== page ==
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Sydney news: ‘Legendary’ swimming coach charged sexually assaulting teen girls has months to live

The wife of legendary Australian Olympic swimming coach Dick Caine says he has ‘six months’ to live after he was accused of allegedly sexually abusing teenage girls he trained more than 40 years ago.

Caine, 76, was arrested just after 7 a.m. Wednesday morning at his home in Sydney’s Condell Park.

He was taken to Bankstown Police Station, where he was charged with six charges of carnal knowledge teacher of a girl aged 10-17 and three charges of assaulting women and committing indecency – aged between 14 and 16.

Police allege that in the 1970s, Caine indecently and sexually assaulted two girls, ages 15 and 16, while he was their swimming coach.

Caine’s wife Jennifer told Bankstown Local Court on Wednesday that her husband was dying of cancer and had “maybe six months” to live.

“He has strokes, he has lung cancer, throat cancer. He has seizures, he has heart problems, he has a pacemaker,” she said.

Dick Caine (pictured) has been charged with alleged historical sexual abuse of teenage girls while he was their swim coach in Carrs Park more than 40 years ago

Dick Caine (pictured) has been charged with alleged historical sexual abuse of teenage girls while he was their swim coach in Carrs Park more than 40 years ago

Caine was head coach at Carss Park Swimming Pool in south Sydney for over 40 years before retiring in 2018.

In his 51-year association with the pool, he trained 17 Olympic and World Champion swimmers and numerous state and national champions, including Michelle Ford, Janelle Elford, Karen Phillips, Stacey Gartrell and Michellie Jones.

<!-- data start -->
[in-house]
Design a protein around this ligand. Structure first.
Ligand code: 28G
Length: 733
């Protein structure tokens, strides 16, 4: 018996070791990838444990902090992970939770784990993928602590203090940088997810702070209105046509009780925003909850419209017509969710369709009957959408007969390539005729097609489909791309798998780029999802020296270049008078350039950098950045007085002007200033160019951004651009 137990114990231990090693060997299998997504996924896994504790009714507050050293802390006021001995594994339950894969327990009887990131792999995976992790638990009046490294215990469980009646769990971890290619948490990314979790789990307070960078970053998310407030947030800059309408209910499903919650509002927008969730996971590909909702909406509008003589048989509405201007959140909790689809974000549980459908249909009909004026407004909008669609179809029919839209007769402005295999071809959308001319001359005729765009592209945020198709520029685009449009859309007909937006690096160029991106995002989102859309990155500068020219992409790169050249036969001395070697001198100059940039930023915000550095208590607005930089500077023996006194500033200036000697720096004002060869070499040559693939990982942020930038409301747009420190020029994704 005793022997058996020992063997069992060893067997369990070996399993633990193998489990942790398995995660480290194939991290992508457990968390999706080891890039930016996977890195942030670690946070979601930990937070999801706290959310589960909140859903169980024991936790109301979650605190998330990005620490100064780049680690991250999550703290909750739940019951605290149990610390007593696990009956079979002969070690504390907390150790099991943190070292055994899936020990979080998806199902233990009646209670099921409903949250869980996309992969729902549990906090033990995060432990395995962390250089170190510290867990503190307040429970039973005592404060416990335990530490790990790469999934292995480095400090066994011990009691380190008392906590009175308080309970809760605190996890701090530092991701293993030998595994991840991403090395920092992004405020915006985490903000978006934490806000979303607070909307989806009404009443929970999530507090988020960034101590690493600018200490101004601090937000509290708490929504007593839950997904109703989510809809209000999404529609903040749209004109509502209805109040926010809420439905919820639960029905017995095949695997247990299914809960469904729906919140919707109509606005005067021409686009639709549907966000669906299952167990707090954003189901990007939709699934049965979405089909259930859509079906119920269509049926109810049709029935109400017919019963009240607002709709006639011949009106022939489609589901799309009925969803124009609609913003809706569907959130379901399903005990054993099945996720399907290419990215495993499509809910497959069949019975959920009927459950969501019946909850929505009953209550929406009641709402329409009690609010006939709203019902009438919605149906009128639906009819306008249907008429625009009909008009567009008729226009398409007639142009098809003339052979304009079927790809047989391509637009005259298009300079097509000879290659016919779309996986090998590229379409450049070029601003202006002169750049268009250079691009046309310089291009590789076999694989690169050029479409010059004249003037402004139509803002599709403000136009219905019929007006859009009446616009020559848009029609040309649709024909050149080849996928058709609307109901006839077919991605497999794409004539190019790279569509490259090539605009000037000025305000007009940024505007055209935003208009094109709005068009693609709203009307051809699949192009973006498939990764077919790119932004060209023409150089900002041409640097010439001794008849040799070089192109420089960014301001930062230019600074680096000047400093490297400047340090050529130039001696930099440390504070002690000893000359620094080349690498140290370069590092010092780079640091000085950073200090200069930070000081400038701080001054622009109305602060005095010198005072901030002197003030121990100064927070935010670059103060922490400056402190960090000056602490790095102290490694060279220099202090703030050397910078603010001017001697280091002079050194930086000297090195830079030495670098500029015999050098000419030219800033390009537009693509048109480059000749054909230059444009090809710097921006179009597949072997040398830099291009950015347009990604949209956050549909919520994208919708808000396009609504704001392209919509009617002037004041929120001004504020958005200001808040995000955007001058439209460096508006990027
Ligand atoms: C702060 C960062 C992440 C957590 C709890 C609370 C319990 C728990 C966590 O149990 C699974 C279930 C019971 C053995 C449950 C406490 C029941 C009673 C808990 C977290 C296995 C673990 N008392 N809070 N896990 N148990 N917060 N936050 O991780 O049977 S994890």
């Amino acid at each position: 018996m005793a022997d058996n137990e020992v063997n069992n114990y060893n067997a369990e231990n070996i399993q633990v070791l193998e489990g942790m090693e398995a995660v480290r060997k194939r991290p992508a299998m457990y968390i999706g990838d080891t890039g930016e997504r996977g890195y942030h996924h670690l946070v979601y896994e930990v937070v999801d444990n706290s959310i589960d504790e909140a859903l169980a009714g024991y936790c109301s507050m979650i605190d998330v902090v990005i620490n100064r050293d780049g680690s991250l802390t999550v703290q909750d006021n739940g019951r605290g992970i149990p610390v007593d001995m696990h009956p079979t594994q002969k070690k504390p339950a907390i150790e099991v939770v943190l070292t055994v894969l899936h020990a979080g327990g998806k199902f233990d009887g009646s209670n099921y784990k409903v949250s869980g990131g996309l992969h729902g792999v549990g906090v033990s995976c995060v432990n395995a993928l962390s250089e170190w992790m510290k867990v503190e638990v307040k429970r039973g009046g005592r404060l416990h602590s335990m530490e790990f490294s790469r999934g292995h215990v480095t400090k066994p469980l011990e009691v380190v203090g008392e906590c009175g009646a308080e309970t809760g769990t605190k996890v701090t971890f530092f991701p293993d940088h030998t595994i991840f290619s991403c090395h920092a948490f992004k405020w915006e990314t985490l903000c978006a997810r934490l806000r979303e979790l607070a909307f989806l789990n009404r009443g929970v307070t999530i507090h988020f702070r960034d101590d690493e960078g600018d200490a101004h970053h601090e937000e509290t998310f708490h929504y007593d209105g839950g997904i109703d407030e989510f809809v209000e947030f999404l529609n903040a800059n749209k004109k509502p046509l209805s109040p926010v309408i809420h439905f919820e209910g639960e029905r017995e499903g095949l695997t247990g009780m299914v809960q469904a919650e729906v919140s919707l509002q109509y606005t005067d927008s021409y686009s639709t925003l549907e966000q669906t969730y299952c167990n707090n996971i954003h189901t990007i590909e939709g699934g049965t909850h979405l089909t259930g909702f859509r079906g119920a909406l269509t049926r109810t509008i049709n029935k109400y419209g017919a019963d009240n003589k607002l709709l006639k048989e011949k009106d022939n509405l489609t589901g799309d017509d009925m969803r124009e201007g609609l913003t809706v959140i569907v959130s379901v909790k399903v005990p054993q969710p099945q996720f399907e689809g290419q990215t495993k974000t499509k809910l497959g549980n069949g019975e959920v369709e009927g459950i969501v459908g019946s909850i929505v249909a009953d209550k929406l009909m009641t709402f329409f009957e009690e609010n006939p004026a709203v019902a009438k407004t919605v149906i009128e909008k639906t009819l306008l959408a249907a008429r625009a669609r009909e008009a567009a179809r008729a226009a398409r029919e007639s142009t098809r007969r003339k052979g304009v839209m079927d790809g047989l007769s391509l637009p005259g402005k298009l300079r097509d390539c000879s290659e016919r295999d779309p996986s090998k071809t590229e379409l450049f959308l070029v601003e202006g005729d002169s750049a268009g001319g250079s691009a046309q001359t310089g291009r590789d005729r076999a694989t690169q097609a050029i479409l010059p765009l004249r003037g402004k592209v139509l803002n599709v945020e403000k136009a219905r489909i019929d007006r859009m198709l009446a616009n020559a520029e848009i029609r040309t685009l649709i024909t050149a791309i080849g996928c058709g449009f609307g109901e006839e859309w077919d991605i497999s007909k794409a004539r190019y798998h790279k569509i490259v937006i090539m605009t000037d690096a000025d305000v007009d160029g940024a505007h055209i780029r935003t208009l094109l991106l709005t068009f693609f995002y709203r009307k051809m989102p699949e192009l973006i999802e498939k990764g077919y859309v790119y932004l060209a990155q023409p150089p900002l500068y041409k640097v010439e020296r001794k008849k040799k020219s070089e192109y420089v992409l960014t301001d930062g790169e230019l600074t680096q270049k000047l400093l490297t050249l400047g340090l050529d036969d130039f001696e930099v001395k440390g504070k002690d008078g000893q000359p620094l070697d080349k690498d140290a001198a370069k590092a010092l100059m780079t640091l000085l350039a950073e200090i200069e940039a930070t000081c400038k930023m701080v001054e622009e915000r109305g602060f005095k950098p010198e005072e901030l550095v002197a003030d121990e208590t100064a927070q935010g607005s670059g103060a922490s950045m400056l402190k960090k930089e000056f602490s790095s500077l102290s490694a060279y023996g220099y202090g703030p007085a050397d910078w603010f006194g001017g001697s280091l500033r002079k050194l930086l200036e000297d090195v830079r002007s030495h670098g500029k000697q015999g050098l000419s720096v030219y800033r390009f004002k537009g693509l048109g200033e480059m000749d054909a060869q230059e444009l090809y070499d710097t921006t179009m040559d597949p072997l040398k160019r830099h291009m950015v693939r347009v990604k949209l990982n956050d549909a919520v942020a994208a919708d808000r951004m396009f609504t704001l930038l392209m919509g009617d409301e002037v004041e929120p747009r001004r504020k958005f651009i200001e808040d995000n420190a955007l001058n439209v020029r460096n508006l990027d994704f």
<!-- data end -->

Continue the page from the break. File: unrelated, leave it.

In January last year, NSW police received information about sexual and indecent assault allegations against teenage girls in the 1970s at a swimming school in Carss Park, south of the city.

As a result of the allegations, researchers uncovered more information about other alleged sexual abuse incidents involving another teenage girl at the same swim school, including in the 1970s.

Caine’s attorney Bryan Wrench filed for bail on Wednesday, saying he would “fight to his last breath” to ensure his name was cleared.

“Today the NSW police have charged an innocent man, a terminally ill man, with a crime that took place 46 years ago,” Mr Wrench said according to the police report. Telegraph

“He’s going to fight until his last breath to clear his name, it’s a terrible situation.”

Caine appeared in court via a video link in a gray hoodie, with his family saying they had been inundated with support from his former students.

The 'legendary' swimming coach was inducted into the Australian Marathon Swimming Hall of Fame in March

The ‘legendary’ swimming coach was inducted into the Australian Marathon Swimming Hall of Fame in March

The magistrate agreed to release him on $10,000 bail and must report to the police, noting that a backlog in the NSW District Court schedule meant his case would likely not be heard until after Caine passed away.

Police took note of the ‘brave’ alleged victims who have come forward against Caine and said their allegations were ‘concerning’.

“I want to recognize the courage and courage of the victims who have come forward in connection with this case,” Chief Inspector Chris Nicholson told media.

“It is never easy for a victim of sexual assault to come forward and tell their story to the police.”

“As I stand here today, I would like to say to all the victims of sexual abuse in our community that the NSW Police Department wants to hear your story.”

Prosecutors will allege that the abuse took place in ‘various locations’ in southern Sydney for about two years in the 1970s. They say the alleged victims were between the ages of 15 and 16 at the time of the abuse.

“We will investigate all matters that come to our attention with our full potential and we will give our full support to survivors of victims as they tell their stories,” Supt said. Nicholson said, calling on other alleged victims to come forward.

The pool and fitness facilities at Carrs Park, during Caine’s coaching time, were used by sports champions such as Kostya Tszyu, Jeff Fenech and Sonny Bill Williams.

In March, Caine was inducted into the Australian Marathon Swimming Hall of Fame.

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